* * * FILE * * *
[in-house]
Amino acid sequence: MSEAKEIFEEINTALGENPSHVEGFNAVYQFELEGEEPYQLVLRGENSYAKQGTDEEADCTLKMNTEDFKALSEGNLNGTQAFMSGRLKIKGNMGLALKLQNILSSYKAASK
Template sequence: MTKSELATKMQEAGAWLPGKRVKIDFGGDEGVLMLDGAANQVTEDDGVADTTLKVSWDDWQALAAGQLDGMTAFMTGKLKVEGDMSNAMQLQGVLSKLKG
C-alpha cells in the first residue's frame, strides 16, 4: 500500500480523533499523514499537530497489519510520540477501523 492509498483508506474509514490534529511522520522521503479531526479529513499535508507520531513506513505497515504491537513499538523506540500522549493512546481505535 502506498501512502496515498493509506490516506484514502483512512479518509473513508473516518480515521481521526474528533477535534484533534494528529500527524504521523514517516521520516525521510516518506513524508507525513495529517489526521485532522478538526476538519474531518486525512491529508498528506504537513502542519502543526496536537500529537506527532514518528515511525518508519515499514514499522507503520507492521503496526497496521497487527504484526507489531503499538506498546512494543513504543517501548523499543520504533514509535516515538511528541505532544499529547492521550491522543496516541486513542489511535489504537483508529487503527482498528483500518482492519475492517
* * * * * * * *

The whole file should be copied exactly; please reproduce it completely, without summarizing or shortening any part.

[in-house]
Amino acid sequence: MSEAKEIFEEINTALGENPSHVEGFNAVYQFELEGEEPYQLVLRGENSYAKQGTDEEADCTLKMNTEDFKALSEGNLNGTQAFMSGRLKIKGNMGLALKLQNILSSYKAASK
Template sequence: MTKSELATKMQEAGAWLPGKRVKIDFGGDEGVLMLDGAANQVTEDDGVADTTLKVSWDDWQALAAGQLDGMTAFMTGKLKVEGDMSNAMQLQGVLSKLKG
C-alpha cells in the first residue's frame, strides 16, 4: 500500500480523533499523514499537530497489519510520540477501523 492509498483508506474509514490534529511522520522521503479531526479529513499535508507520531513506513505497515504491537513499538523506540500522549493512546481505535 502506498501512502496515498493509506490516506484514502483512512479518509473513508473516518480515521481521526474528533477535534484533534494528529500527524504521523514517516521520516525521510516518506513524508507525513495529517489526521485532522478538526476538519474531518486525512491529508498528506504537513502542519502543526496536537500529537506527532514518528515511525518508519515499514514499522507503520507492521503496526497496521497487527504484526507489531503499538506498546512494543513504543517501548523499543520504533514509535516515538511528541505532544499529547492521550491522543496516541486513542489511535489504537483508529487503527482498528483500518482492519475492517